FOI Act increases people's confidence in public authorities

According to new research published by the Information Commissioner’s Office, the Freedom of Information Act is clearly increasing people’s confidence in public authorities.

The findings show that 72% of individuals have more confidence in public authorities because of freedom of information, compared with only 55% in spring 2005, when the Act had only just come into force. Around three quarters of individuals (74%) questioned felt the Freedom of Information Act helped to promote accountability and transparency in public authorities, a significant rise from just over half in 2005.

The research also shows that 76% of individuals believe the Act has increased their knowledge of public authorities, a jump from 62% in 2005. Public authorities continue to have a positive attitude towards the Act. Some 82% of public authorities believe the Freedom of Information Act is needed.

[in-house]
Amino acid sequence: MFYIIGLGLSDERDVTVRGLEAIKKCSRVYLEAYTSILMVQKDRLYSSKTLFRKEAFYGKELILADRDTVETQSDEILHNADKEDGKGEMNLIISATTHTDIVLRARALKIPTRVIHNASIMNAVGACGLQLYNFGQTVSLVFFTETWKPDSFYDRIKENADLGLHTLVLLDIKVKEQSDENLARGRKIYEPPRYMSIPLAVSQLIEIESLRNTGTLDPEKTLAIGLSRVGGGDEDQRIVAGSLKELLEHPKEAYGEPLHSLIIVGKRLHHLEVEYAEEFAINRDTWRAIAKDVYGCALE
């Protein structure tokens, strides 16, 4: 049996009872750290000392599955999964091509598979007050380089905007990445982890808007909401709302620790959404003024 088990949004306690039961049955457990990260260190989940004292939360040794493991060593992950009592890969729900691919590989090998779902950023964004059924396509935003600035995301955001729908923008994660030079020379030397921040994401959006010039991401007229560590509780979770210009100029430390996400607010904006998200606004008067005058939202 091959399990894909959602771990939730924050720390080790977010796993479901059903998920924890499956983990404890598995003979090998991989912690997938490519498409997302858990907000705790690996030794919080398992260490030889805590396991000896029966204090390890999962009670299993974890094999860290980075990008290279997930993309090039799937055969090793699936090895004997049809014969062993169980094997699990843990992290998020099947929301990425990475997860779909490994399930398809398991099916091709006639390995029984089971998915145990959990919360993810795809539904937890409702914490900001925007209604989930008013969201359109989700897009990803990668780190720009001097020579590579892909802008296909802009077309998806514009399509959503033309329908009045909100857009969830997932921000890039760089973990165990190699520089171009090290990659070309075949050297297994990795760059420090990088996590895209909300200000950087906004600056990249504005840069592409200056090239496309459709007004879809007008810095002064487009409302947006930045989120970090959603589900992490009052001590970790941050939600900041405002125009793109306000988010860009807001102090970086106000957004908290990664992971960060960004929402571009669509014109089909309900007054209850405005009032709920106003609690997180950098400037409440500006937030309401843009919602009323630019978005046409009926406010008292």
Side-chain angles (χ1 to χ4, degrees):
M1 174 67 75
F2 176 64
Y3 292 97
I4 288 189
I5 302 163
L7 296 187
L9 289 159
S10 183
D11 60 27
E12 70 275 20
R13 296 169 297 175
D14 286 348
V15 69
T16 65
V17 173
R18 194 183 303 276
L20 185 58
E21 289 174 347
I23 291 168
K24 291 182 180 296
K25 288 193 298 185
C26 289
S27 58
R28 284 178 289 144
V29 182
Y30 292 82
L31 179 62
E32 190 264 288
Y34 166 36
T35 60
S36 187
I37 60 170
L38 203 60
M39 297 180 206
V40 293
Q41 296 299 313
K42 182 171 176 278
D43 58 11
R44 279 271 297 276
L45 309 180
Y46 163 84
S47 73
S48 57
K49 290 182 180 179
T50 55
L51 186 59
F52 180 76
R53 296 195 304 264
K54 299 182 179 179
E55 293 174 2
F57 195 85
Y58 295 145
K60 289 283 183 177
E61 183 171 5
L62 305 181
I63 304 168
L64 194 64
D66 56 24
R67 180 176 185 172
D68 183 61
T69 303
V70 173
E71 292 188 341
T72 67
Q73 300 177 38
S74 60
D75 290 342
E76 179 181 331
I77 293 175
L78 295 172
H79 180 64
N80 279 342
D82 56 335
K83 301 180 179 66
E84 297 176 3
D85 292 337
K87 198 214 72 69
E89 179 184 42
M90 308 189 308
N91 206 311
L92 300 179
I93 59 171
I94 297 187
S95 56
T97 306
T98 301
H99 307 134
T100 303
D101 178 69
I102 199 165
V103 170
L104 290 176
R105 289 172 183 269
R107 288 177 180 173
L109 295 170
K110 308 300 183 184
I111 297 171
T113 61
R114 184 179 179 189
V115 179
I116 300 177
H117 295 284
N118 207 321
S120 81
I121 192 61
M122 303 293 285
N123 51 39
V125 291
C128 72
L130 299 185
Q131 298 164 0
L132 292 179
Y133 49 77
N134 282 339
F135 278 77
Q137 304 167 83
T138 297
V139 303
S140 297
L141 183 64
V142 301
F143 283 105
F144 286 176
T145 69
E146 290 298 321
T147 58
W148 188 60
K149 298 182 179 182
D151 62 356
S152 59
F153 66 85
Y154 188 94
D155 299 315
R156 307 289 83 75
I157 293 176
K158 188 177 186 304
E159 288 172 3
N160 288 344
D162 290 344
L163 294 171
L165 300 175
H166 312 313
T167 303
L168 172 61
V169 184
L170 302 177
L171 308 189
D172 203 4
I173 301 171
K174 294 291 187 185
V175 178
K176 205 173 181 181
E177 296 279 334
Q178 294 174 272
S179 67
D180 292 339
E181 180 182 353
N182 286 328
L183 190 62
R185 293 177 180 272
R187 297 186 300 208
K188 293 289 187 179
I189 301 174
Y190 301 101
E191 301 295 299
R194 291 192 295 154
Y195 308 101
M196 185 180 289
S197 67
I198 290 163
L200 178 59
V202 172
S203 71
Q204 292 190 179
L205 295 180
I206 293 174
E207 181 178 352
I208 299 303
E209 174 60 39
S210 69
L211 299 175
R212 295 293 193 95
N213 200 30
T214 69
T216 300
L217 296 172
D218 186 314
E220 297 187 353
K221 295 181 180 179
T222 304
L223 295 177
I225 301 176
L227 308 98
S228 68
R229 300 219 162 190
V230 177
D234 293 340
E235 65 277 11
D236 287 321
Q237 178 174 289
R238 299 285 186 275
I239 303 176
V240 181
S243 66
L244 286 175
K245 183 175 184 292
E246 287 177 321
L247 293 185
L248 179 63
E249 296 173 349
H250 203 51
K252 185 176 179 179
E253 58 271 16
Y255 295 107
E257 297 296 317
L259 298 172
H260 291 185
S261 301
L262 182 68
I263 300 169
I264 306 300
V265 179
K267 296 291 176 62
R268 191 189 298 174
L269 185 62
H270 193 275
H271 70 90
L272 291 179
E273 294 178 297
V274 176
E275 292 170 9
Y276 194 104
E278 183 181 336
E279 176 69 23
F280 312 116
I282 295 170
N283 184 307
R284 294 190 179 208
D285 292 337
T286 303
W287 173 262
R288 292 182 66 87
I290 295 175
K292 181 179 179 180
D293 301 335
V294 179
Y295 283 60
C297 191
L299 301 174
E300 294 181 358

Commenting on the research, Information Commissioner, Richard Thomas, said: “It is extremely encouraging to see the positive impact the Freedom of Information Act is having on individuals. A great deal of information has been released over the past 18 months, which would not otherwise have been in the public domain. Almost every day, the phrase “released under the Freedom of Information Act” appears in both national and local newspapers, reporting the wide range of information that has been disclosed, from restaurant hygiene inspections, and university examination pass rates, to details of politicians’ expenses, European Union farm subsidies and hospital mortality rates. Increased confidence in public authorities is clearly ofbenefit to both individuals and organisations, showing that greater openness is starting to change the culture of government at all levels”.

Freedom of Information creates public confidence, says Commissioner (, 22 August 2006)